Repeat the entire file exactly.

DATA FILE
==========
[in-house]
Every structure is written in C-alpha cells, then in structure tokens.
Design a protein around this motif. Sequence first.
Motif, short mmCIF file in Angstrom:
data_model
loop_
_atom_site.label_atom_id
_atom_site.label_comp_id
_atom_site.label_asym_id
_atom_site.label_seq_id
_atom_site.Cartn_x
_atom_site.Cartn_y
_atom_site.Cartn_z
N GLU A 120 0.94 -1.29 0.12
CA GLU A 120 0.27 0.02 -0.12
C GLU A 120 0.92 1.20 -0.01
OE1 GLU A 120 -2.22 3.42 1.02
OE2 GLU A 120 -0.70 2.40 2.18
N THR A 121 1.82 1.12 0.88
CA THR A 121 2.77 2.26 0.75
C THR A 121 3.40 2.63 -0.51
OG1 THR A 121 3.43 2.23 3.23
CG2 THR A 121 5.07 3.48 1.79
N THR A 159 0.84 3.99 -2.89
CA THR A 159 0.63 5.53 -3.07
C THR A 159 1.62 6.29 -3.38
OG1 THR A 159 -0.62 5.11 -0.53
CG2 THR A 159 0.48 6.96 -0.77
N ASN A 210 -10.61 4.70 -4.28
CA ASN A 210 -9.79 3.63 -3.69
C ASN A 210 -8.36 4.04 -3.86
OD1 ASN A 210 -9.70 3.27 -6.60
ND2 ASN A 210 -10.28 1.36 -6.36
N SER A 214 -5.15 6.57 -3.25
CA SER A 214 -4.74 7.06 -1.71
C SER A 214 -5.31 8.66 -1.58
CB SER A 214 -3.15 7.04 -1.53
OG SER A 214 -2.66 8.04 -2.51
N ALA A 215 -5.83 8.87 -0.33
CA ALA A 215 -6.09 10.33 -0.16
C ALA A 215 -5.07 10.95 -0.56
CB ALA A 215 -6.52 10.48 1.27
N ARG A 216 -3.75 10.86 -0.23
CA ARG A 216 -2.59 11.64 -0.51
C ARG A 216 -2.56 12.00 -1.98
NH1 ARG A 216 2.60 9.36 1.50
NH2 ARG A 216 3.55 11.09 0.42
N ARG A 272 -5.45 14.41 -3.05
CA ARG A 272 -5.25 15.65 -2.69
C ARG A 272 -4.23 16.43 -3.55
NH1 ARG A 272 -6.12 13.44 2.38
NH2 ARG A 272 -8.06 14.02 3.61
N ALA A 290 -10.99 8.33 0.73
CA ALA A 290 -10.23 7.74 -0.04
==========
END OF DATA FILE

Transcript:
[in-house]
Every structure is written in C-alpha cells, then in structure tokens.
Design a protein around this motif. Sequence first.
Motif, short mmCIF file in Angstrom:
data_model
loop_
_atom_site.label_atom_id
_atom_site.label_comp_id
_atom_site.label_asym_id
_atom_site.label_seq_id
_atom_site.Cartn_x
_atom_site.Cartn_y
_atom_site.Cartn_z
N GLU A 120 0.94 -1.29 0.12
CA GLU A 120 0.27 0.02 -0.12
C GLU A 120 0.92 1.20 -0.01
OE1 GLU A 120 -2.22 3.42 1.02
OE2 GLU A 120 -0.70 2.40 2.18
N THR A 121 1.82 1.12 0.88
CA THR A 121 2.77 2.26 0.75
C THR A 121 3.40 2.63 -0.51
OG1 THR A 121 3.43 2.23 3.23
CG2 THR A 121 5.07 3.48 1.79
N THR A 159 0.84 3.99 -2.89
CA THR A 159 0.63 5.53 -3.07
C THR A 159 1.62 6.29 -3.38
OG1 THR A 159 -0.62 5.11 -0.53
CG2 THR A 159 0.48 6.96 -0.77
N ASN A 210 -10.61 4.70 -4.28
CA ASN A 210 -9.79 3.63 -3.69
C ASN A 210 -8.36 4.04 -3.86
OD1 ASN A 210 -9.70 3.27 -6.60
ND2 ASN A 210 -10.28 1.36 -6.36
N SER A 214 -5.15 6.57 -3.25
CA SER A 214 -4.74 7.06 -1.71
C SER A 214 -5.31 8.66 -1.58
CB SER A 214 -3.15 7.04 -1.53
OG SER A 214 -2.66 8.04 -2.51
N ALA A 215 -5.83 8.87 -0.33
CA ALA A 215 -6.09 10.33 -0.16
C ALA A 215 -5.07 10.95 -0.56
CB ALA A 215 -6.52 10.48 1.27
N ARG A 216 -3.75 10.86 -0.23
CA ARG A 216 -2.59 11.64 -0.51
C ARG A 216 -2.56 12.00 -1.98
NH1 ARG A 216 2.60 9.36 1.50
NH2 ARG A 216 3.55 11.09 0.42
N ARG A 272 -5.45 14.41 -3.05
CA ARG A 272 -5.25 15.65 -2.69
C ARG A 272 -4.23 16.43 -3.55
NH1 ARG A 272 -6.12 13.44 2.38
NH2 ARG A 272 -8.06 14.02 3.61
N ALA A 290 -10.99 8.33 0.73
CA ALA A 290 -10.23 7.74 -0.04